A somewhat meandering discussion of revolution at Crooked Timber (CT) prompted me to open Skocpol's States and Social Revolutions (1979), which I hadn't looked at in a while. The distinction between political revolution and social revolution is central to that book's framework, and at the end of it Skocpol suggested that social revolutions -- i.e. those which transform not only political structures but social or class structures as well -- would be relatively unlikely to occur in postcolonial states whose "modern military establishments," while they might stage coups, would generally act to suppress upheavals from below (cf. p.290).
With the benefit of more than thirty years' hindsight, it appears that this forecast probably overestimated the strength and independence of postcolonial militaries. Skocpol herself, in an essay written several years later, i.e. in the early 1980s, about the 1979 Iranian Revolution, noted that "in most contemporary Third World countries, it is hard to distinguish political and social revolution in any firm way, because the state and its incumbent elites are so central to the ownership and control of the economy." But she judged the Iranian Revolution to be more like the great social revolutions of the past than "simply a political revolution, where only governmental institutions are transformed." 
Which brings one to the revolutionary upheavals of the last couple of years in Egypt, Tunisia, and Libya. (Not to mention the ongoing civil war in Syria, which is also a kind of revolution.)
The news summary on the NewsHour this evening contained this:
There were clashes in Egypt today as anti-government rallies marked the second anniversary of the revolution. At least four people were shot and killed in the city of Suez. The scene in Cairo's Tahrir Square was reminiscent of the massive crowds who helped topple President Hosni Mubarak. Street battles with police broke out in Cairo and elsewhere, and well more than 300 people were hurt. The protesters said the revolution was hijacked by Islamists, who now control the government.Was the toppling of Mubarak a political revolution or a social revolution? I haven't been following events in Egypt very closely, but my impression is that it has been a political but not a social revolution. The upper classes, so far as I'm aware, have not fled the country en masse or been expropriated, whereas the Iranian Revolution by contrast did see "the dispossession of many (especially politically privileged) capitalists...."  The basic elements of the state apparatus in Egypt -- the judiciary, the army, the presidency, parliament -- are still in place, and the current struggles have to do, it seems, with the relative influence of Islamist versus liberal/secular forces in the framing of the new constitution, etc. Faced with popular protest, Morsi had to scale back his attempt of a month (or so) ago to seize extraordinary powers, but obviously the non-Islamist (or anti-Islamist) forces protesting in the street on this second anniversary feel that their hopes have not been realized.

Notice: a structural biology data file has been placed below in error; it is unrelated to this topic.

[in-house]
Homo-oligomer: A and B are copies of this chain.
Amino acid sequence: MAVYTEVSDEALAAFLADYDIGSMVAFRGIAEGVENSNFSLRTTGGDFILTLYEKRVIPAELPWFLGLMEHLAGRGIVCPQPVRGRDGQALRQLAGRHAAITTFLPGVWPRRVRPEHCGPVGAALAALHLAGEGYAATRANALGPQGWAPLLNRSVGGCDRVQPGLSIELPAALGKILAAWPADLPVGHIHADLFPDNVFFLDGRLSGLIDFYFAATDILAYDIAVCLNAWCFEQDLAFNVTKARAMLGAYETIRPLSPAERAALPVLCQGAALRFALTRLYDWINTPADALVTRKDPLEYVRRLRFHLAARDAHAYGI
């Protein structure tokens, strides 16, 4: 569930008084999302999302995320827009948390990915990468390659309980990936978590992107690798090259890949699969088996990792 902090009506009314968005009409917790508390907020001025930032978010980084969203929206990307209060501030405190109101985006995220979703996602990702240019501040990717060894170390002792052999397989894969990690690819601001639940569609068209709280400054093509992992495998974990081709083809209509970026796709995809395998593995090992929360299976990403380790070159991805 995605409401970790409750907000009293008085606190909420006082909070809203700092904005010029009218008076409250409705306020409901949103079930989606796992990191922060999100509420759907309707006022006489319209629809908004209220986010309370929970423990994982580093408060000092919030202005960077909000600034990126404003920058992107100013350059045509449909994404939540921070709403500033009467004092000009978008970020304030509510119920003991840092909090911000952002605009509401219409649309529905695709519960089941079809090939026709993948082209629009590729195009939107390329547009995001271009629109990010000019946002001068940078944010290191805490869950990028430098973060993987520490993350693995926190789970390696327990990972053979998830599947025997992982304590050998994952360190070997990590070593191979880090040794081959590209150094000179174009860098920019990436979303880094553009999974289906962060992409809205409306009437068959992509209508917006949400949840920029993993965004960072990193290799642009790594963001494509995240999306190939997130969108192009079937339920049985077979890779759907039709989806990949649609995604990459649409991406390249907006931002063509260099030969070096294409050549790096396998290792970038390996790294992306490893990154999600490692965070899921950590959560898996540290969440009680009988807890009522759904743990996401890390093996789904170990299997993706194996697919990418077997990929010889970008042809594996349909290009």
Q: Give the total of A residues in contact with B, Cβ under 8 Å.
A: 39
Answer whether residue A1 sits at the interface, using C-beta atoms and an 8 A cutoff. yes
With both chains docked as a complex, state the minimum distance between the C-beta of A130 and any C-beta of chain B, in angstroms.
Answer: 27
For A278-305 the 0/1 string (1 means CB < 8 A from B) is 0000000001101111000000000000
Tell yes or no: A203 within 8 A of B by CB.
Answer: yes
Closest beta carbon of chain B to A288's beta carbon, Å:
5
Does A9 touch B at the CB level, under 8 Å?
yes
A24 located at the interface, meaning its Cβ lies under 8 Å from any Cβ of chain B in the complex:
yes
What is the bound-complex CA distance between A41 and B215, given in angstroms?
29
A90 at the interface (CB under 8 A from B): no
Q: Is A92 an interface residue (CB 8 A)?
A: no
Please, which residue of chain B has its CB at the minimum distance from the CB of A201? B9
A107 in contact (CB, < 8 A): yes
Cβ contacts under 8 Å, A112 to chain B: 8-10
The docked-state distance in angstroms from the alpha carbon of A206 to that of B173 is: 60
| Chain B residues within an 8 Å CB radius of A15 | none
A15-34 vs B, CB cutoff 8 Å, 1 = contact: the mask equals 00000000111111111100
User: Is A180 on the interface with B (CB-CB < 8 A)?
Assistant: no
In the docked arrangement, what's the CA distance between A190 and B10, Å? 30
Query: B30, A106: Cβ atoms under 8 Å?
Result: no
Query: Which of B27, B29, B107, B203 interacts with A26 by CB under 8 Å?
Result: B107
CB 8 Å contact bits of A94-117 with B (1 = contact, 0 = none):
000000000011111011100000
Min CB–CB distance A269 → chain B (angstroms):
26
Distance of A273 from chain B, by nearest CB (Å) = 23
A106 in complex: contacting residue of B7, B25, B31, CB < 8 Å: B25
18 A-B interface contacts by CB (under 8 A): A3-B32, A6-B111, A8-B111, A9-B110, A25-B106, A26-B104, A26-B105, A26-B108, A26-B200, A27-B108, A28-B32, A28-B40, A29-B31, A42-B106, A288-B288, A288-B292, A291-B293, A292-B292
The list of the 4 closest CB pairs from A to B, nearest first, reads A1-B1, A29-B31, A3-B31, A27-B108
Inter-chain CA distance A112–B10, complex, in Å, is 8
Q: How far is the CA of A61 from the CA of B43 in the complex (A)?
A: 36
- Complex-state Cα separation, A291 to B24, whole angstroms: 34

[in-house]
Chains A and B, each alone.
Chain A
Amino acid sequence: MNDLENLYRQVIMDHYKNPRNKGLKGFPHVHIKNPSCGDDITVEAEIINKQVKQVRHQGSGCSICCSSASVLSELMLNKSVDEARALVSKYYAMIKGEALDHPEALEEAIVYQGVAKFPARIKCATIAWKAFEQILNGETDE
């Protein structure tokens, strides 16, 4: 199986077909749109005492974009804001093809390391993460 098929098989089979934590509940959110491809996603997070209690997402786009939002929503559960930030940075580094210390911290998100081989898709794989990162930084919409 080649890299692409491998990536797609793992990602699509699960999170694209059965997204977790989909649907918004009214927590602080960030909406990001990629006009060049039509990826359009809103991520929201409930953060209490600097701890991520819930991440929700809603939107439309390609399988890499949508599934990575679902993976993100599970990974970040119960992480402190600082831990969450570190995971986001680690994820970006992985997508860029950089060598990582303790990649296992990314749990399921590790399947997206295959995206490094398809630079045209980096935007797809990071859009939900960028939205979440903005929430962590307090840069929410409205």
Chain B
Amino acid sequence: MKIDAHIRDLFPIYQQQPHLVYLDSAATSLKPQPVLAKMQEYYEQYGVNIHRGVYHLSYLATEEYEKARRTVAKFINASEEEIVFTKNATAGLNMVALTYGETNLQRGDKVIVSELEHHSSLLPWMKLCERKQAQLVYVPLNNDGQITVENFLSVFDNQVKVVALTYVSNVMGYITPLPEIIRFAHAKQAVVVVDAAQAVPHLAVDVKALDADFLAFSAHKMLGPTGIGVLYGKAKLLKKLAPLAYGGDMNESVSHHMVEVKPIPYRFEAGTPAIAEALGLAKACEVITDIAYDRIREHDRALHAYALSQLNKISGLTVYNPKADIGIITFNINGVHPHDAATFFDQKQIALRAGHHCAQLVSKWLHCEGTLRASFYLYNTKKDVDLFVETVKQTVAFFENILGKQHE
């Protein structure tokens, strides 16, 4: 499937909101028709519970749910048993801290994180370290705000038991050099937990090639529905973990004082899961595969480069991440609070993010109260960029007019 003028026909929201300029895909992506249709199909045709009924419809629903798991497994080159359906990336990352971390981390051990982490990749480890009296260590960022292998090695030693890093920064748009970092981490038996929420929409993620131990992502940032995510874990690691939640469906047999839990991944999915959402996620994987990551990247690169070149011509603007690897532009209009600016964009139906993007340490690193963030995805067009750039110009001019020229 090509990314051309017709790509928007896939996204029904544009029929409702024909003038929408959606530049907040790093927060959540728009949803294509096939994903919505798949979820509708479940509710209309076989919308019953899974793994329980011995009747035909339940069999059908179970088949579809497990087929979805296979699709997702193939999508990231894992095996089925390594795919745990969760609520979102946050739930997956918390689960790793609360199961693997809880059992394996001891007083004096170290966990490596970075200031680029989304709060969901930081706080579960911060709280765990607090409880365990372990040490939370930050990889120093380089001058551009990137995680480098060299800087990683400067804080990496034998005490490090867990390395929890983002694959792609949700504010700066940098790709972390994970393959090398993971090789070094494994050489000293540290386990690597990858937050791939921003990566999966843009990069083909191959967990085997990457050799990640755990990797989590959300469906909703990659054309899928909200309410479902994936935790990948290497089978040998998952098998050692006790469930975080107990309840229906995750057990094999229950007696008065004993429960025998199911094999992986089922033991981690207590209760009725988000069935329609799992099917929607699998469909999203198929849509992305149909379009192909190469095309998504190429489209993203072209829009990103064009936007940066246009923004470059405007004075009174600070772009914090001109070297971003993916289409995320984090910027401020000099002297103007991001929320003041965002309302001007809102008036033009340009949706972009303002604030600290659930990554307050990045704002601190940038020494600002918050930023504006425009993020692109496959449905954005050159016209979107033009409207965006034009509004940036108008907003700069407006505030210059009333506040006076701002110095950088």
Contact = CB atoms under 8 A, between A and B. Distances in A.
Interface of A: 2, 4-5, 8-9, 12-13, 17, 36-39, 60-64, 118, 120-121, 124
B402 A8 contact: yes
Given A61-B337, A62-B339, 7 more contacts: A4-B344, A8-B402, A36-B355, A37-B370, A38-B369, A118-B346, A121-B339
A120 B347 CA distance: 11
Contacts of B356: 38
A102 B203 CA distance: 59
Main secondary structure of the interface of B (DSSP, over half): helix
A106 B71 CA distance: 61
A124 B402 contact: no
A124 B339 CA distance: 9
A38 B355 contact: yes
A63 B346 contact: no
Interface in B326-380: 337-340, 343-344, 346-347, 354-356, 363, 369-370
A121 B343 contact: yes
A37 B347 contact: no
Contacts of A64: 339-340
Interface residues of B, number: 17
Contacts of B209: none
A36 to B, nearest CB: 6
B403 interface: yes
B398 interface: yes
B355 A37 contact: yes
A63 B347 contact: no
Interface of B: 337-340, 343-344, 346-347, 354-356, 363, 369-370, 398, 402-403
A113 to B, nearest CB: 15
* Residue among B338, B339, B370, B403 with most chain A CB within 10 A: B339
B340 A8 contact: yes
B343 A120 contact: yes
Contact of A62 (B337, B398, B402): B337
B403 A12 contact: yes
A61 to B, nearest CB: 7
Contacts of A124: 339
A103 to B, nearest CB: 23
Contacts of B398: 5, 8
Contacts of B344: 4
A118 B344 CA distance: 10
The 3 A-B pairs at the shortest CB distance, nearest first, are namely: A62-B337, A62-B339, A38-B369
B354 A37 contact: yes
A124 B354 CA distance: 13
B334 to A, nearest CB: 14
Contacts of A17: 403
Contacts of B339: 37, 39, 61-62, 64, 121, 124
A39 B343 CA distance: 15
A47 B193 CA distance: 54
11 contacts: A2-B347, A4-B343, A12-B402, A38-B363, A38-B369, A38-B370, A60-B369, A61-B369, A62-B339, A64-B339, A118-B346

In light of this, it is interesting that only one lone commenter on the CT thread, at least the last time I checked, had mentioned the Arab Spring and the associated upheavals. Whether this says something about the CT commentariat or about the difficulty of grasping a process that has yet to reach a conclusion (or both), I'll leave to others to judge.
1. T. Skocpol, "Rentier state and Shi'a Islam in the Iranian Revolution" (1982), reprinted in her Social Revolutions in the Modern World (1994), p.241.
2. Ibid., pp.240-41.
Added later: A commenter on CT points helpfully to this bibliography on the Arab Spring, compiled by the Project on Middle East Politics, Elliott School, G.W.U.